Ren C-J, Huang H-B, Jin S (2008) Specification of agent in complex adaptive system. In: Proceedings of the international symposium on computer science and computational technology, 2, pp 210–216Google Scholar
  29. 29.
    Ning H, Liu H (2012) Cyber-physical-social based security architecture for future internet of things. Adv Internet Things 2:1–7CrossRefGoogle Scholar
  30. 30.
    Lee EA (2007) Computing needs time. Commun ACM 52(5):70–79CrossRefGoogle Scholar
  31. 31.
    Dillon TS, Zhuge H, Wu C, Singh J, Chang E (2011) Web-of-things framework for cyber–physical systems, Concurrency Comput: Pract Experıence 23(9):905–923Google Scholar
  32. 32.
    Work D, Bayen A, Jacobson Q (2008) Automotive cyber physical systems in the context of human mobility. In: Proceedings of national workshop on high-confidence automotive cyber-physical systems, Troy, MI, 3–4 April 2008Google Scholar
  33. 33.
    Lee I, Sokolsky O (2010) Medical cyber physical systems. In: Proceedings of DAC ‘10, ACM, Anaheim, CA, pp. 743–748, 13–18 June 2010Google Scholar
  34. 34.
    Martín HJA, de Lope J, Maravall D (2009) Adaptation, anticipation and rationality in natural and artificial systems: computational paradigms mimicking nature. Nat Comput 8(4):757–775CrossRefMathSciNetGoogle Scholar
  35. 35.
    Herrmann K, Mühl G, Geihs K (2005) Self-management: the solution to complexity or just another problem? IEEE Distrib Syst Online 6(1):1–17CrossRefGoogle Scholar
  36. 36.
    Kay JJ (2000) Ecosystems as self-organizing holarchic open systems: narratives and the second law of thermodynamics. In: Handbook of ecosystem theories and management, CRC Press, Lewis Publishers, pp 135–160, 2000Google Scholar
  37. 37.
    Biamino G (2012) A semantic model for socially aware objects. Adv Internet Things 2(7):47–55CrossRefGoogle Scholar
  38. 38.
    Arthur WB (1993) Why do things become more complex? Sci Am 268(5):92CrossRefGoogle Scholar
  39. 39.
    Wolfram S (1986) Approaches to complexity engineering. Physica D(22):385–399Google Scholar
  40. 40.
    Amaral LAN, Ottino JM (2004) Complex networks: completing the framework for the study of complex systems. Eur Phys J 38:47–162CrossRefGoogle Scholar
  41. 41.
    Fisk D (2004) Engineering complexity. Inter-disciplinary Science Reviews 29(2):151–161Google Scholar
  42. 42.
    Dent EB (1999) Complexity science: a worldview shift. Emergence 1:5–9CrossRefGoogle Scholar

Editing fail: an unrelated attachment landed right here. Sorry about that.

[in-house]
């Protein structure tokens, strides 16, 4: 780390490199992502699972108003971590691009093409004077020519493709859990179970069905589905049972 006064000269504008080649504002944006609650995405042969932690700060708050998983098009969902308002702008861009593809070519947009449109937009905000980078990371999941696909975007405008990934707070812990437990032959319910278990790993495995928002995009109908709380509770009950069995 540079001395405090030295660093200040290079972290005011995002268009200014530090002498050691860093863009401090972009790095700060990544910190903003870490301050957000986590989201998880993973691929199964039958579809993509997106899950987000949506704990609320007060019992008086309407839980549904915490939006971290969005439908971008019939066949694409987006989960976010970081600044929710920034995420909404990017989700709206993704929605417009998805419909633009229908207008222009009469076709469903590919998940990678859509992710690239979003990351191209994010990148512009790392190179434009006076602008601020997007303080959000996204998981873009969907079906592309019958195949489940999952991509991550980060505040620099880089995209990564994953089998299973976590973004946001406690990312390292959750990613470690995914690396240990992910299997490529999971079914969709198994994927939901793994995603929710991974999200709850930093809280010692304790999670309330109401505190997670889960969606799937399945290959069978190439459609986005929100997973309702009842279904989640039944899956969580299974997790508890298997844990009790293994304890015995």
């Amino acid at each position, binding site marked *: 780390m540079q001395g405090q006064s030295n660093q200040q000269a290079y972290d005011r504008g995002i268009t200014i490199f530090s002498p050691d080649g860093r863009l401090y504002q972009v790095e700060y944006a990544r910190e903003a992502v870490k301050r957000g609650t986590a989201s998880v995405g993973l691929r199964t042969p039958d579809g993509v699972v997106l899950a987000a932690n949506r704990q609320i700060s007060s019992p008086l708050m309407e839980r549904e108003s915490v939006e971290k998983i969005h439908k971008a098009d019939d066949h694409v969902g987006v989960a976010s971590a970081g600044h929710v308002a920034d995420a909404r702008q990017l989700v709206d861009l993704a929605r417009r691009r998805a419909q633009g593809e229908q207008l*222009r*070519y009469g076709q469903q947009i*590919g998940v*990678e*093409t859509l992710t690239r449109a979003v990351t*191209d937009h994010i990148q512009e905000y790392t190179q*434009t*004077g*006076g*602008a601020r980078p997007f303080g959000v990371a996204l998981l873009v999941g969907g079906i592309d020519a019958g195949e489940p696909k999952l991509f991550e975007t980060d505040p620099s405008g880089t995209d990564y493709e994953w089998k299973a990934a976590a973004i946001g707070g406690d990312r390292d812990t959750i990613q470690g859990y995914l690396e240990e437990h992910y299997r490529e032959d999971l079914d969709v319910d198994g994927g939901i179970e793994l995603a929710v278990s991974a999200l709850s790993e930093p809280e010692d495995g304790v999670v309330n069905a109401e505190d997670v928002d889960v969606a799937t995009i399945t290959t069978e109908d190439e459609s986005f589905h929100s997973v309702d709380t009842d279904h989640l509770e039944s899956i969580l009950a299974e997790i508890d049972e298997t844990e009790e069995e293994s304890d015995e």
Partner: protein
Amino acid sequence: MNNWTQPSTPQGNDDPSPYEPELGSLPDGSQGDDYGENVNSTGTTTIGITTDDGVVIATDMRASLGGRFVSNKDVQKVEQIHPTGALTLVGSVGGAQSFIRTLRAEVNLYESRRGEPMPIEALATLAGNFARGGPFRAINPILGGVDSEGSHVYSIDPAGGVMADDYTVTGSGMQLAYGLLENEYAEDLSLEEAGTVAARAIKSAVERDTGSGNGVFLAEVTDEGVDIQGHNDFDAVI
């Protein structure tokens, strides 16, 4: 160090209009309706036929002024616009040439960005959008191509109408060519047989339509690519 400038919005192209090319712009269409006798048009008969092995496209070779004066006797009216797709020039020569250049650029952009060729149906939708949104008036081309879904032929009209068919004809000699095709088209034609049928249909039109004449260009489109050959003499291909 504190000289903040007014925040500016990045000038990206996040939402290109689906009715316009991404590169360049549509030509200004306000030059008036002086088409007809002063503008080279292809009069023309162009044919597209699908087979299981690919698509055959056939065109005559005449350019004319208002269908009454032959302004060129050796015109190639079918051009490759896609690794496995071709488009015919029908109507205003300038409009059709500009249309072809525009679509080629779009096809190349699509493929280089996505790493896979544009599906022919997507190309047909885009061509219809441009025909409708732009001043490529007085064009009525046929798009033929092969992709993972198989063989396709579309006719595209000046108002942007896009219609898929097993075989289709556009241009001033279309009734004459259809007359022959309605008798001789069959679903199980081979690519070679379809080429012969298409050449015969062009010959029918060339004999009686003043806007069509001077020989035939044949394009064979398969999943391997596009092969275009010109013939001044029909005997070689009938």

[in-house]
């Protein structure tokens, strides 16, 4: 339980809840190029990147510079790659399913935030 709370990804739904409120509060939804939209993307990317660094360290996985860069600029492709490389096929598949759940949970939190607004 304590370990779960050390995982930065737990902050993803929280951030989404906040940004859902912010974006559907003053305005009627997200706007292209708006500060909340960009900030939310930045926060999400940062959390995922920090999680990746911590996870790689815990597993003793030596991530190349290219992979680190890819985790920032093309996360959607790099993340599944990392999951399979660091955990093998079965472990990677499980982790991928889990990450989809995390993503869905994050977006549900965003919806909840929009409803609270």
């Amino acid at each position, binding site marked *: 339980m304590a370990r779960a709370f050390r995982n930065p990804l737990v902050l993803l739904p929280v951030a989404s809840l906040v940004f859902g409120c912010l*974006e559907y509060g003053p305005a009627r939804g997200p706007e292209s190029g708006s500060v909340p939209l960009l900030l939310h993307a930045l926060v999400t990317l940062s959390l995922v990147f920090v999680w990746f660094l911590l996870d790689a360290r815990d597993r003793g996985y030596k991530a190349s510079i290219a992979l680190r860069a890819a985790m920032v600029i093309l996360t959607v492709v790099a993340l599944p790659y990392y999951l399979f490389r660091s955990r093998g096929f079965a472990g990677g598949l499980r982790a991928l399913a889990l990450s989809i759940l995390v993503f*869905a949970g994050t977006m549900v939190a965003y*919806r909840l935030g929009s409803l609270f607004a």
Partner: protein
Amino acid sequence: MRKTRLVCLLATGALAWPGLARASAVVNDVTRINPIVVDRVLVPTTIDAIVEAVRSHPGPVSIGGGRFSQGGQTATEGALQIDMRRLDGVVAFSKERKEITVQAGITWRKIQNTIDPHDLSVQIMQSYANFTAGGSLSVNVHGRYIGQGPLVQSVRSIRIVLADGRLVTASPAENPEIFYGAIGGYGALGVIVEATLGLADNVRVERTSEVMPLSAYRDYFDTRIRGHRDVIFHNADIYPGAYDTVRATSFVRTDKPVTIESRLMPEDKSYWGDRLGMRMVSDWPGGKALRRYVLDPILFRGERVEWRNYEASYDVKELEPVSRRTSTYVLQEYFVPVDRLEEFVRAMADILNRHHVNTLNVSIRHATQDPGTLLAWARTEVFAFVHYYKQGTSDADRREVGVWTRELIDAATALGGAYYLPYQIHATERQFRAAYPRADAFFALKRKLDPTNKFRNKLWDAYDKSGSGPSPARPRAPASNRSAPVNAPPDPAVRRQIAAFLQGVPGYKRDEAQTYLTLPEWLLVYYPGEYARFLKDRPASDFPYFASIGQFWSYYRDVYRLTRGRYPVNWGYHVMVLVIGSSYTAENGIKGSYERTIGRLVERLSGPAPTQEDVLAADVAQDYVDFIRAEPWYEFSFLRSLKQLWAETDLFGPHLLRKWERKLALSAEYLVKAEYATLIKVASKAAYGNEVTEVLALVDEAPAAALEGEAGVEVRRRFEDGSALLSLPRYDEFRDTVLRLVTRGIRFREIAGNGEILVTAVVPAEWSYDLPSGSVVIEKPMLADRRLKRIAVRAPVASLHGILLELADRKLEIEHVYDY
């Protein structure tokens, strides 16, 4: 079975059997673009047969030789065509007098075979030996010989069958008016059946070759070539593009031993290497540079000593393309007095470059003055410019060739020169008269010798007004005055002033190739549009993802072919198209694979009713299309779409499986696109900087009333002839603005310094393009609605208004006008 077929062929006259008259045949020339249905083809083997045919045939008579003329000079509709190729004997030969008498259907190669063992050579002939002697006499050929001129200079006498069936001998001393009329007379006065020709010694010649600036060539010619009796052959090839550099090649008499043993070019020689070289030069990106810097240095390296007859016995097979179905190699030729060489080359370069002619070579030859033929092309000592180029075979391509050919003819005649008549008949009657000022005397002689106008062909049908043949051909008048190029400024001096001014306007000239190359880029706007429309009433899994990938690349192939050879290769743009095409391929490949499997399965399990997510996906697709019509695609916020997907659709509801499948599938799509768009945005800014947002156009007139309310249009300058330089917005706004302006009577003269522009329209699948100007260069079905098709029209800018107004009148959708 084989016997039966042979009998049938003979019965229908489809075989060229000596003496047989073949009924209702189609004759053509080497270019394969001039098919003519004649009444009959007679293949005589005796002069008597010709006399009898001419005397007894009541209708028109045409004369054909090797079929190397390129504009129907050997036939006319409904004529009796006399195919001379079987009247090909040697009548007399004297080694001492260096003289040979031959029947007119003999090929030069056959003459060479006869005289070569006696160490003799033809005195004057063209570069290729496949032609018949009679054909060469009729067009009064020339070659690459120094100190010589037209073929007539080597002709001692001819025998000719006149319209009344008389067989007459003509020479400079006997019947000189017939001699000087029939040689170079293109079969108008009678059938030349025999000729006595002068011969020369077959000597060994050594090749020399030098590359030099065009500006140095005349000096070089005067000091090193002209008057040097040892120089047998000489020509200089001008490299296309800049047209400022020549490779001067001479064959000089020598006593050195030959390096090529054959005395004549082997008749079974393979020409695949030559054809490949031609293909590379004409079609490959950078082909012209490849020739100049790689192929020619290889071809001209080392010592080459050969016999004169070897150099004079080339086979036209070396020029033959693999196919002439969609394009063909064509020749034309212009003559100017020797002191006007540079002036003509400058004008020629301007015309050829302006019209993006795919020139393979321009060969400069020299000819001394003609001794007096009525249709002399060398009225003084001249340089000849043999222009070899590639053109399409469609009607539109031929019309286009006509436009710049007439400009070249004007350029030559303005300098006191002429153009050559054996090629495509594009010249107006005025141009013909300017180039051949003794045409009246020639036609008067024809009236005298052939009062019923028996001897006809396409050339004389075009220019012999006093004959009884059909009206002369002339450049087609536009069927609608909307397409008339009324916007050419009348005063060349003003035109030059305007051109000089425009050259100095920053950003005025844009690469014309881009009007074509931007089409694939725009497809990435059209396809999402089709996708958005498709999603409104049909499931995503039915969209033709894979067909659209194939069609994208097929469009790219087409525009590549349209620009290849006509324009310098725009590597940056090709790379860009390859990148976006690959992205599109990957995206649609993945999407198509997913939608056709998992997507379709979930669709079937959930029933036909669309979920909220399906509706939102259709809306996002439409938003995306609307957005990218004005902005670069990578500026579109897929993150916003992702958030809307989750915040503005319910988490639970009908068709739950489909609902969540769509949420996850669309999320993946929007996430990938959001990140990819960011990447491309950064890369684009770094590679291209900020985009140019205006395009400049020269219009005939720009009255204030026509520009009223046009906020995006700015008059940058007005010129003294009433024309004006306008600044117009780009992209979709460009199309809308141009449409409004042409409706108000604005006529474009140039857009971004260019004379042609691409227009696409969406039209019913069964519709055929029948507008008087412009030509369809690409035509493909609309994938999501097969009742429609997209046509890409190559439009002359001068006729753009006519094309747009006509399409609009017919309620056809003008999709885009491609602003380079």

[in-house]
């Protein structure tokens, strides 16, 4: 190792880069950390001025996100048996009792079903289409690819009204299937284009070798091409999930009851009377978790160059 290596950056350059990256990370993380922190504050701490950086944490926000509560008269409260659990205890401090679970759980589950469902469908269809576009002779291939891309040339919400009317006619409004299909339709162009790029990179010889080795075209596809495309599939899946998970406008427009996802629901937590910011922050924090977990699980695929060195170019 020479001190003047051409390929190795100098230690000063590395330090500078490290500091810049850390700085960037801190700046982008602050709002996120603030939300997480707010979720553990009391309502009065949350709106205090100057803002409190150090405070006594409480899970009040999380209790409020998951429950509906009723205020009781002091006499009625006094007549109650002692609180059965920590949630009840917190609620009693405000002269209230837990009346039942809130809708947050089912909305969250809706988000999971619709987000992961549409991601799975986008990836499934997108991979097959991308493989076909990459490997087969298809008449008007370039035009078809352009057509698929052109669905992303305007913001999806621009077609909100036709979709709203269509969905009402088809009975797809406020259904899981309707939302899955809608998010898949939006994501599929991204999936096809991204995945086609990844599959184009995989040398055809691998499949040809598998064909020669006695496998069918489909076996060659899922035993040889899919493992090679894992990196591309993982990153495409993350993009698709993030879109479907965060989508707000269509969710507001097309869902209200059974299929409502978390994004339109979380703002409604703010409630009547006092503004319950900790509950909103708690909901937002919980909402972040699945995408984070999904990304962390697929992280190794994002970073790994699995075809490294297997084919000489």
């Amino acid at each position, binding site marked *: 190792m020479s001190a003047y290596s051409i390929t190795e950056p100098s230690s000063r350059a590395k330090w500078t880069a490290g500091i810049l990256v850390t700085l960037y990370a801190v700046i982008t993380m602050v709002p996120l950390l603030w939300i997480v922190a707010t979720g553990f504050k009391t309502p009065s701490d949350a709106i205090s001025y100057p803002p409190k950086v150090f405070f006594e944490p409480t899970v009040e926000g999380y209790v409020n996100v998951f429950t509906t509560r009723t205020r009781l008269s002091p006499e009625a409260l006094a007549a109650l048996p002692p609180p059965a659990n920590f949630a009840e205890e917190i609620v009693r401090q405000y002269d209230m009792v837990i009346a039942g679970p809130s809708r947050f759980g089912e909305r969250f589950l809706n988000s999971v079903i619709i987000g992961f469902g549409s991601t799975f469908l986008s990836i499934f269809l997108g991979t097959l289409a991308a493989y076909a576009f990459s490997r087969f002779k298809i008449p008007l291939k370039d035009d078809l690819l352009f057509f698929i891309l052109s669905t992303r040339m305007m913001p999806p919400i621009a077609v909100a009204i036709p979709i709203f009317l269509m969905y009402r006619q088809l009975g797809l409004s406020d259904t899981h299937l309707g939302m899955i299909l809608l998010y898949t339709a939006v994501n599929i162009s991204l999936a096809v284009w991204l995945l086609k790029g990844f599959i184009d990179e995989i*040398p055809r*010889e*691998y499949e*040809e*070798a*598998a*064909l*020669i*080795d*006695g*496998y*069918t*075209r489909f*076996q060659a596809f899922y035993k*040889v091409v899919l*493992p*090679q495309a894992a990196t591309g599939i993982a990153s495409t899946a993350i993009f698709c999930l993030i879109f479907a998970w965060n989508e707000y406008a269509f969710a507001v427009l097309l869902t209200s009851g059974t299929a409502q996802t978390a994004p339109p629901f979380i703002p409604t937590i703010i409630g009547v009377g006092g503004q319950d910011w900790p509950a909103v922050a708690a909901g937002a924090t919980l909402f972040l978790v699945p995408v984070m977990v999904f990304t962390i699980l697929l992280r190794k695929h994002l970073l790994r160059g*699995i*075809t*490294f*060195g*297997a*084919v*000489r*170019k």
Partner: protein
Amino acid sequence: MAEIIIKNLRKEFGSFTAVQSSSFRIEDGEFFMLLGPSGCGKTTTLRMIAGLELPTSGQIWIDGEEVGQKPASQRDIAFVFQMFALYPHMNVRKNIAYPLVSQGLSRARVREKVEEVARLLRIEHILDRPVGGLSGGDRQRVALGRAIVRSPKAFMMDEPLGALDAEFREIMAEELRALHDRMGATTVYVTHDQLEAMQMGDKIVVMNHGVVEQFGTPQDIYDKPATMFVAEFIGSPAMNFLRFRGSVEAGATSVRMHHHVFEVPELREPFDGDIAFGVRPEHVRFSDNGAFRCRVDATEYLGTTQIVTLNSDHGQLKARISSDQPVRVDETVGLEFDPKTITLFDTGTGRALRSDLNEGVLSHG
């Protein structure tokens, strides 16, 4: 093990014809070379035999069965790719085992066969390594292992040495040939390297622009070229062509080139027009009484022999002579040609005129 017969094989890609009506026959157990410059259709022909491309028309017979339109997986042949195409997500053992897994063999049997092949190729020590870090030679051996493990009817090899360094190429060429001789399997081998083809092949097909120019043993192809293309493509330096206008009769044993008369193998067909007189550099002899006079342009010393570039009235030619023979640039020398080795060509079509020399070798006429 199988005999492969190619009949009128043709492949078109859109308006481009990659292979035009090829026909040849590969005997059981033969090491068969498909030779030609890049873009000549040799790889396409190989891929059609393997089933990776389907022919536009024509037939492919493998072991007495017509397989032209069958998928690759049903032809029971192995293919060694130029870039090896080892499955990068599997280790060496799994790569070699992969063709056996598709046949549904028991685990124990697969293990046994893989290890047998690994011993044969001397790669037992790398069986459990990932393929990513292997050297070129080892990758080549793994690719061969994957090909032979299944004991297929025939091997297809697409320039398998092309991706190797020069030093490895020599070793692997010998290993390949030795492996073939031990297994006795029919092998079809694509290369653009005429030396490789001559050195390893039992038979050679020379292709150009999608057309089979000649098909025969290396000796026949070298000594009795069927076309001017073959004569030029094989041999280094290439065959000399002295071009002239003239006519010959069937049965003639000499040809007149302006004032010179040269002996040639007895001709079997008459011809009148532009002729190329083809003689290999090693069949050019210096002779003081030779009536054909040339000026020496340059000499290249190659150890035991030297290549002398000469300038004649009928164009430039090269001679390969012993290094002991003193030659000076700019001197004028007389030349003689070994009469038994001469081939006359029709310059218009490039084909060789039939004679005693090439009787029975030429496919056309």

43. 43.
    Delic K, Dum R (2006) On the emerging future of complexity sciences. ACM Ubiquity 7(10):1Google Scholar
  44. 44.
    Yaneer B-Y (2002) Multi-scale complex systems analysis and enlightened evolutionary engineering. NECSI, Cambridge, MA, pp 25–29Google Scholar
  45. 45.
    Saunders PT, Ho MW (1976) On the increase in complexity in evolution. J Theor Biol 63:375–384CrossRefGoogle Scholar
  46. 46.
    Johnson C (2005) What are emergent properties and how do they affect the engineering of complex systems? Reliab Eng Syst Saf 91(12):1475–1481CrossRefGoogle Scholar
  47. 47.
    Liu J, Hu BC (2008) On emergent complex behaviour, self-organised criticality and phase transitions in multi-agent systems: autonomy oriented computing perspectives. Int J Model Ident Control 3(1):3–16CrossRefGoogle Scholar
  48. 48.
    Herrmann K, Mühl G, Geihs K (2005) Self-management: the solution to complexity or just another problem? IEEE Distrib Syst Online 6(1):1541–4922CrossRefGoogle Scholar
  49. 49.
    Kramer J, Magee J (2007) Self-managed systems: an architectural challenge. In: Future of software engineering, IEEE Computer Society, Washington, DC, pp 259–268, 2007Google Scholar
  50. 50.
    Steels L (1991) Towards a theory of emergent functionality. In: From animals to animats: 1st international conference on simulation of adaptive behaviour, Paris, France, pp 451–461, 1991Google Scholar
  51. 51.
    Sole R, Ferrer-Cancho R, Montoya J, Valverde S (2002) Selection, tinkering and emergence in complex networks. Complexity 8(1):20–31CrossRefMathSciNetGoogle Scholar
  52. 52.
    Gossler G, Sifakis J (2005) Composition for component-based modelling. Sci Comput Program 55(1–3):161–183CrossRefMathSciNetGoogle Scholar
  53. 53.
    Brooks A, Kaupp T, Makarenko A, Williams S, Orebäck A (2005) Towards component-based robotics. In: Proceedings of the international conference intelligent robots and systems, IEEE, pp 163–168, 2005Google Scholar
  54. 54.
    Arzén K-E, Bicchi A, Dini G, Hailes S (2007) A component-based approach to the design of networked control systems. Eur J Control 13(2–3):261–279CrossRefGoogle Scholar
  55. 55.
    Lee EA, Xiong Y (2001) System-level types for component-based design, In: Embedded software, Springer, Berlin, pp 237–253, 2001Google Scholar
  56. 56.
    Sztipanovits J (2007) Composition of cyber‐physical systems, In: Proceedings of the 14th IEEE international conference and workshop on the engineering of computer‐based systems, pp 3–6, 2007Google Scholar
  57. 57.
    Brazier FMT, Cornelissen F, Jonker CM, Treur J (2000) Compositional specification and reuse of a generic co-operative agent model. Int J Coop Inf Syst 9:171–207CrossRefGoogle Scholar
  58. 58.
    Graham S, Baliga G, Kumar P (2009) Abstractions, architecture, mechanisms, and a middleware for networked control. IEEE Trans Autom Control 54(7):1490–1503CrossRefMathSciNetGoogle Scholar
  59. 59.
    Willems JC (2007) The behavioral approach to open and interconnected systems. IEEE Control Syst Mag 27(6):46–99CrossRefMathSciNetGoogle Scholar
  60. 60.
    Wan J, Suo H, Yan H, Liu J (2011) A general test platform for cyber-physical systems: unmanned vehicle with wireless sensor network navigation. In: Proceedings of the international conference on advances in engineering, Nanjing, China, pp 1–5, 2011Google Scholar
  61. 61.
    Gorissen D, Couckuyt I, Demeester P, Dhaene T, Crombecq K (2010) A surrogate modelling and adaptive sampling toolbox for computer based design. J Mach Learn Res 11(7):2051–2055Google Scholar
  62. 62.
    Atkinson C, Kühne T (2003) Model-driven development: a metamodeling foundation. IEEE Softw 20(5):36–41CrossRefGoogle Scholar
  63. 63.
    Selic B (2003) The pragmatics of model-driven development. IEEE Softw 20(5):19–25CrossRefGoogle Scholar
  64. 64.
    Thacker RA et al (2010) Automatic abstraction for verification of cyber-physical systems. In: Proceedings of international conference on cyber-physical systems, pp 12–21, 2010Google Scholar

Copyright information

© Springer-Verlag London 2014

Authors and Affiliations

  1. 1.Faculty of Industrial Design EngineeringDelft University of TechnologyDelftThe Netherlands

Personalised recommendations